Cote d'Ivoire: Three Sentenced to Life for 2004 Air Strike On French Troops

Bouaké skyline, Côte d'Ivoire (file image from 2014).

A French court has sentenced a Belarusian mercenary and two Ivorian pilots to life in prison for their suspected involvement in an air strike on a French military camp in Ivory Coast in 2004, which killed ten people. None of the accused was in court. Their whereabouts are unknown.

Yury Sushkin, believed to have been the pilot of the Ivorian airforce jet behind the strike, and two co-pilots, Patrice Ouei and Ange Gnanduillet, were tried for murder in absentia.

The 6 November 2004 attack on French peacekeeping forces in the central region of Bouake caused a deep rift in relations between France and its former West African colony.

Two planes flew low over the site and one then fired rockets into the camp, killing nine soldiers and an American aid worker.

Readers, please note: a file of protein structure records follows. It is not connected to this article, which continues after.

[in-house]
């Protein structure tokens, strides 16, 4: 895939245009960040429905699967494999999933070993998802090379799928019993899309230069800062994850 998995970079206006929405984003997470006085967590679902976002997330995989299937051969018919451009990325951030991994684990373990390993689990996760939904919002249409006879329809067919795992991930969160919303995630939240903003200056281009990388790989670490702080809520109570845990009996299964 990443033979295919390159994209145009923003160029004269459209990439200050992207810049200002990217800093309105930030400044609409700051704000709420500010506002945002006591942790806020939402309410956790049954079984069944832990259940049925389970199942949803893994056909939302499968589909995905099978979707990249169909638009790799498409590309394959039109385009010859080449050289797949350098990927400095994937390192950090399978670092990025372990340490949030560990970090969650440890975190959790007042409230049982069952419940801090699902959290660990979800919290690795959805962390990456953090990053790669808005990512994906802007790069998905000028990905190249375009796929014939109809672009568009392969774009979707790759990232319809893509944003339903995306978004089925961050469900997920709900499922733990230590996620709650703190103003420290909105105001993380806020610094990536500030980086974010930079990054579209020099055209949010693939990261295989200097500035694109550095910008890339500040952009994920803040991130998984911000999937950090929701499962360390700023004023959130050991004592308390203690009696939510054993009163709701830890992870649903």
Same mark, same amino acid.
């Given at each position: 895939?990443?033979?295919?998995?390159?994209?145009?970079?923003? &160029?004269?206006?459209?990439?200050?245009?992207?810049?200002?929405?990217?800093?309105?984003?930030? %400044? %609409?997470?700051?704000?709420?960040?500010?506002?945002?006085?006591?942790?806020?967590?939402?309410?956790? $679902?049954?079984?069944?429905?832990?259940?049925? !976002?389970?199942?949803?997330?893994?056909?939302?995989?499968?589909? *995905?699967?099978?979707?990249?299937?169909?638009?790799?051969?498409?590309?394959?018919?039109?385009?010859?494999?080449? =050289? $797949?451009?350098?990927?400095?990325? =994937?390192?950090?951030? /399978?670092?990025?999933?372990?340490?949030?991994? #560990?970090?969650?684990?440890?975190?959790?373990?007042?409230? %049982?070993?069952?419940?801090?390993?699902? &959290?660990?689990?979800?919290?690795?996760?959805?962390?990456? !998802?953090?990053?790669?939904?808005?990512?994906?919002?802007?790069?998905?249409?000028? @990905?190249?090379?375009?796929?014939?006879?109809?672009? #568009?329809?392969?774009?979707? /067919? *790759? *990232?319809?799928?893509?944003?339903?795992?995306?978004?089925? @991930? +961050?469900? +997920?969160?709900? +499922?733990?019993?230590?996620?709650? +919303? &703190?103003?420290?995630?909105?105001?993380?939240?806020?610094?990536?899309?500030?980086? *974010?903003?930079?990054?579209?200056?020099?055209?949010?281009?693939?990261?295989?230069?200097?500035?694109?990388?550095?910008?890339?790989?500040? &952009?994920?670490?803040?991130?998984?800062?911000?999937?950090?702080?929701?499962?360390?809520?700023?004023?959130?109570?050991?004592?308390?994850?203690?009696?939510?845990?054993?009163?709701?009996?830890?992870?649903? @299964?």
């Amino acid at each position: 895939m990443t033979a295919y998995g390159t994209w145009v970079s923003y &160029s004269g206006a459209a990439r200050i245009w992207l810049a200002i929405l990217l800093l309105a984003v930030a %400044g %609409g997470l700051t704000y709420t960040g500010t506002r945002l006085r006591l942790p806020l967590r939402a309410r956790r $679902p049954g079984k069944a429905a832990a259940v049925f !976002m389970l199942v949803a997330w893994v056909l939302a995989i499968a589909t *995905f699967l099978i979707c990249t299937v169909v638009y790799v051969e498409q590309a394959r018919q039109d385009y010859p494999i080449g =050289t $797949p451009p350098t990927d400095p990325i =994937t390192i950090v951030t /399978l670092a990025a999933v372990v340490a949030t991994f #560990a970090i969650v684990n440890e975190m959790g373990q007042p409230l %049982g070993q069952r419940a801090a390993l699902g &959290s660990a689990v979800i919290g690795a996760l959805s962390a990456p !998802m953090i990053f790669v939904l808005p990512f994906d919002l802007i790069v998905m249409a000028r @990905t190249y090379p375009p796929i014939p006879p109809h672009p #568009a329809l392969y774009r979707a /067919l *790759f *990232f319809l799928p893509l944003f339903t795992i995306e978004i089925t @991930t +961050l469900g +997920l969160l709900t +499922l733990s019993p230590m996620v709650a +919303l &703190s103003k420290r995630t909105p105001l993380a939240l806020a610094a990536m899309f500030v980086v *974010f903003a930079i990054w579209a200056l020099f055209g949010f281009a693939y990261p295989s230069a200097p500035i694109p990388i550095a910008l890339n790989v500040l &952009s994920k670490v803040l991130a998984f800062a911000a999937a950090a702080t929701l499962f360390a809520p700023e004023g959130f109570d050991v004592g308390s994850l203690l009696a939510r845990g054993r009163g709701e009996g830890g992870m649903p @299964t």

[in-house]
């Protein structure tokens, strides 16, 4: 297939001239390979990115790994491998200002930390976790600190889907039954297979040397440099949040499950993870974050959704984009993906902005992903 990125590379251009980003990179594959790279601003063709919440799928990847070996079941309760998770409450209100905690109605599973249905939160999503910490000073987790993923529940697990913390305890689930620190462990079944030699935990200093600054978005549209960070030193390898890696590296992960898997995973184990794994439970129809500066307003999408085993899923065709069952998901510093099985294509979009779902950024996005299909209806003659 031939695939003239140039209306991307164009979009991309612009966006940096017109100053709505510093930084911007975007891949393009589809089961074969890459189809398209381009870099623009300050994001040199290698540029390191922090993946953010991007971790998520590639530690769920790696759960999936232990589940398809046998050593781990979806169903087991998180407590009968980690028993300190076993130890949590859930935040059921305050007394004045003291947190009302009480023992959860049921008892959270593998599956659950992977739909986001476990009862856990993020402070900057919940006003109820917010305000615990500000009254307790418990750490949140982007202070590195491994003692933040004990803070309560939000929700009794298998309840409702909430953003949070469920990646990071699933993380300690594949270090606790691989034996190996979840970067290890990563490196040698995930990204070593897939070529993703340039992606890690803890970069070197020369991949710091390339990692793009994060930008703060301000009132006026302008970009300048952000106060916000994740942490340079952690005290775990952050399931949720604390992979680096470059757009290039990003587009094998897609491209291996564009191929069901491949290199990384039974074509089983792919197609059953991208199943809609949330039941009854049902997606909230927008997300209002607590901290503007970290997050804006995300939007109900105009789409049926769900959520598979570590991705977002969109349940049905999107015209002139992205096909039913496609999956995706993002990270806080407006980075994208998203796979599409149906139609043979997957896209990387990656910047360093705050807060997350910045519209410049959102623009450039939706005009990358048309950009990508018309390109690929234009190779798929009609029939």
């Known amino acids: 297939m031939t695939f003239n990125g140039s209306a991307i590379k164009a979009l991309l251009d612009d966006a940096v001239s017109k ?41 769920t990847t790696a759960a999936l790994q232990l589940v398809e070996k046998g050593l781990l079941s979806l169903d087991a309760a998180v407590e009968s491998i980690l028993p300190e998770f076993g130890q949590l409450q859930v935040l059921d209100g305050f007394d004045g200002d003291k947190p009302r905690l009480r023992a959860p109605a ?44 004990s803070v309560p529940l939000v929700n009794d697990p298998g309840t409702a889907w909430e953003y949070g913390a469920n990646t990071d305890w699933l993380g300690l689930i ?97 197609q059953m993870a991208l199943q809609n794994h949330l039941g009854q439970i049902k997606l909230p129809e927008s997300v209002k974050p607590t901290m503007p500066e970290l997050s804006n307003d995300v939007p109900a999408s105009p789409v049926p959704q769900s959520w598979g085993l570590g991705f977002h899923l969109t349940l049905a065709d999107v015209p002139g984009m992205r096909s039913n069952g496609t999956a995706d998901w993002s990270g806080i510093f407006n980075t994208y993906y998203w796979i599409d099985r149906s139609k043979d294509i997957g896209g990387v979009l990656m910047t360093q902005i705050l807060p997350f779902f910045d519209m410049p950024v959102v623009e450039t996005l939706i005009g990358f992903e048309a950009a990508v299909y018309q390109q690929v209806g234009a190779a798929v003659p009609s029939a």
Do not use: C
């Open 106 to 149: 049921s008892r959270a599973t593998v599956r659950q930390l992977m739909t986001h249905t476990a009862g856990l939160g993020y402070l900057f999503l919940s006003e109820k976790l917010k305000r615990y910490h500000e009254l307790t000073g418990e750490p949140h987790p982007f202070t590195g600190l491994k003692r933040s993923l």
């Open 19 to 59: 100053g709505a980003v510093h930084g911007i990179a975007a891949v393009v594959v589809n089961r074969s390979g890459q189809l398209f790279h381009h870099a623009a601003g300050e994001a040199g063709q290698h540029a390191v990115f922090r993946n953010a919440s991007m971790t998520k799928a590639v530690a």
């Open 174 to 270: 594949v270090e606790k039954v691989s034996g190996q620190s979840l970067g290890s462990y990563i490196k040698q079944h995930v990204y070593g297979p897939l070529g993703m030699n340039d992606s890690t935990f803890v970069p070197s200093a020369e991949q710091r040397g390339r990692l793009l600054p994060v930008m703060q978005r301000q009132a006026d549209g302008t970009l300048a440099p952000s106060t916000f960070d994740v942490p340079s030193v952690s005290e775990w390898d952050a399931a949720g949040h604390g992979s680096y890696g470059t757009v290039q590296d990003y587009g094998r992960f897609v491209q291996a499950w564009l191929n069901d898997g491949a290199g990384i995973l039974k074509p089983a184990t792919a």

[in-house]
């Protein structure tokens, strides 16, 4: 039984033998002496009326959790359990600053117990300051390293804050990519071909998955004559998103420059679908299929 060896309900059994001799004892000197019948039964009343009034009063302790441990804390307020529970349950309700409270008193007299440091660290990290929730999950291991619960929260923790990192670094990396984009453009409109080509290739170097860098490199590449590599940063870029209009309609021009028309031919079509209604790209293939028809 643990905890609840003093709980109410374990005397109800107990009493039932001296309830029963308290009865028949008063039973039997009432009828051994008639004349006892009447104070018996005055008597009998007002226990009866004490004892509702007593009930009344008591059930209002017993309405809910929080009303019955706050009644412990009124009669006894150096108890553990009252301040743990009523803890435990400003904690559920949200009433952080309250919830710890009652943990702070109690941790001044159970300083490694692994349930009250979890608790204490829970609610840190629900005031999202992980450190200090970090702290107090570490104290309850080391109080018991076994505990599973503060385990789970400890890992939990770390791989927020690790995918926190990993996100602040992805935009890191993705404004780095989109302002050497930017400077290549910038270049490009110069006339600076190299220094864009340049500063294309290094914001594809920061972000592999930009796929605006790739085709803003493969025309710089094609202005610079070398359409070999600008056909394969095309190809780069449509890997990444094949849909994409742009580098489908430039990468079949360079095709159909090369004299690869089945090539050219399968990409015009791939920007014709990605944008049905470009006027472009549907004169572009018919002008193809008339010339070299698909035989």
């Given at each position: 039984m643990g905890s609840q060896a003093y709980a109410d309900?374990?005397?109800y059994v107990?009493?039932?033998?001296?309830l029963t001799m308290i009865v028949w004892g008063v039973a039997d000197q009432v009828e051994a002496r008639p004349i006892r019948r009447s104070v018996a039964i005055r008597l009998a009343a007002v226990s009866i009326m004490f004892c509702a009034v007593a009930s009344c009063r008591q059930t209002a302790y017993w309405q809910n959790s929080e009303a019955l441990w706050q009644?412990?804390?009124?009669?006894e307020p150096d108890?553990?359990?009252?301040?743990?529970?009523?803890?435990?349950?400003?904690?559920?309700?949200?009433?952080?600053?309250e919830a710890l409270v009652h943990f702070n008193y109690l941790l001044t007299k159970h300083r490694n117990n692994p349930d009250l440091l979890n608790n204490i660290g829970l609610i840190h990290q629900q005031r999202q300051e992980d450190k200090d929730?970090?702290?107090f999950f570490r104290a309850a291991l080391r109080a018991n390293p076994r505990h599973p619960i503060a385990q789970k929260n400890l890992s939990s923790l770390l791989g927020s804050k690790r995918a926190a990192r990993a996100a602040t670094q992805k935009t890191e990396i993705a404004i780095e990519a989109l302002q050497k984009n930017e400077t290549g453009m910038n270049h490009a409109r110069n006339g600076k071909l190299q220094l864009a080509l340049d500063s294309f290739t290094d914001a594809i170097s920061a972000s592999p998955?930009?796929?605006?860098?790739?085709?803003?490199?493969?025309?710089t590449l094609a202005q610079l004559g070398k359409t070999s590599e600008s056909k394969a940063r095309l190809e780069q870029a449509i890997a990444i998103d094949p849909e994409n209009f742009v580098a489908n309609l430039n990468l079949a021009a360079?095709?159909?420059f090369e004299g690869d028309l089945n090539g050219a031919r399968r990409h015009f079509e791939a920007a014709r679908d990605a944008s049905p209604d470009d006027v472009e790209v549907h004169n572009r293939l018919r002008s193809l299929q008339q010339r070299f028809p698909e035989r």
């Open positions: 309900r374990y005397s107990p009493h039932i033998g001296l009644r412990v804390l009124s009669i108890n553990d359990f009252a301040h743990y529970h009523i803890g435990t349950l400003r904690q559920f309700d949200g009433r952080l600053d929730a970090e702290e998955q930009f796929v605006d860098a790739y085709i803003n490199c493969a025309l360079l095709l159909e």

Forty others were injured.

The attack came during an aerial offensive by then Ivorian president Laurent Gbagbo in an effort to reclaim the country's north from the rebels who had controlled it since 2002.

Robust French military retaliation

France reacted furiously to the 6 November strike, wiping out Cote d'Ivoire's entire fleet of military aircraft, and dealing a severe blow to Gbagbo's bid to end the rebellion.

Relations between France and Cote d'Ivoire, which had already been fraught, quickly deteriorated.

Violent anti-France protests broke out across the nationalist south of the divided country, prompting France to airlift thousands of its nationals to safety.

Officials close to Gbagbo, who was eventually toppled by his French-backed rival, Alassane Ouattara, in 2011 after a disputed election, claimed the pilot mistook the French camp for a rebel position.

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